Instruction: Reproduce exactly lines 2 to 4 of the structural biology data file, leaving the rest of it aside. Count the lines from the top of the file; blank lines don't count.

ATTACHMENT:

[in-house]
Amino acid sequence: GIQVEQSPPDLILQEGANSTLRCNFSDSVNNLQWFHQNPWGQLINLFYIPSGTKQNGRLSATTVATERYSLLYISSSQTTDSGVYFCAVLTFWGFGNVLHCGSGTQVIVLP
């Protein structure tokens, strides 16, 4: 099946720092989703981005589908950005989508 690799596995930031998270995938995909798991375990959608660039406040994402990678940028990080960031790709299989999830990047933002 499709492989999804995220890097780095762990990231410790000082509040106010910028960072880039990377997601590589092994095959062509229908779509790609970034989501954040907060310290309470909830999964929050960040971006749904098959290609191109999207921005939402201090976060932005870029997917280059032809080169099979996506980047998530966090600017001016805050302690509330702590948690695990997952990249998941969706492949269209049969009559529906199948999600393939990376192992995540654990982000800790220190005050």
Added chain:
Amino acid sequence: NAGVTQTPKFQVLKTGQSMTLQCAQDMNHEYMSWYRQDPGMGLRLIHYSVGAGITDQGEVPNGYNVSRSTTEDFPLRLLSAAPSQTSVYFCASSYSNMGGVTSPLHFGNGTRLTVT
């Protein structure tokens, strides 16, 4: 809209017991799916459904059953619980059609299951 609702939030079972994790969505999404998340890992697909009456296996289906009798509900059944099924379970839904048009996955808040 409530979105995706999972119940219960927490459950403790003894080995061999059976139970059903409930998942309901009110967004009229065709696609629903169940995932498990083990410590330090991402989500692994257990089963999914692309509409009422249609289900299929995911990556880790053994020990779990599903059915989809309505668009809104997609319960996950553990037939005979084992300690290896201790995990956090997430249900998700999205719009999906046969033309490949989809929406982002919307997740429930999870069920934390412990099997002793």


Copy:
Amino acid sequence: GIQVEQSPPDLILQEGANSTLRCNFSDSVNNLQWFHQNPWGQLINLFYIPSGTKQNGRLSATTVATERYSLLYISSSQTTDSGVYFCAVLTFWGFGNVLHCGSGTQVIVLP
């Protein structure tokens, strides 16, 4: 099946720092989703981005589908950005989508 690799596995930031998270995938995909798991375990959608660039406040994402990678940028990080960031790709299989999830990047933002 499709492989999804995220890097780095762990990231410790000082509040106010910028960072880039990377997601590589092994095959062509229908779509790609970034989501954040907060310290309470909830999964929050960040971006749904098959290609191109999207921005939402201090976060932005870029997917280059032809080169099979996506980047998530966090600017001016805050302690509330702590948690695990997952990249998941969706492949269209049969009559529906199948999600393939990376192992995540654990982000800790220190005050």
Added chain: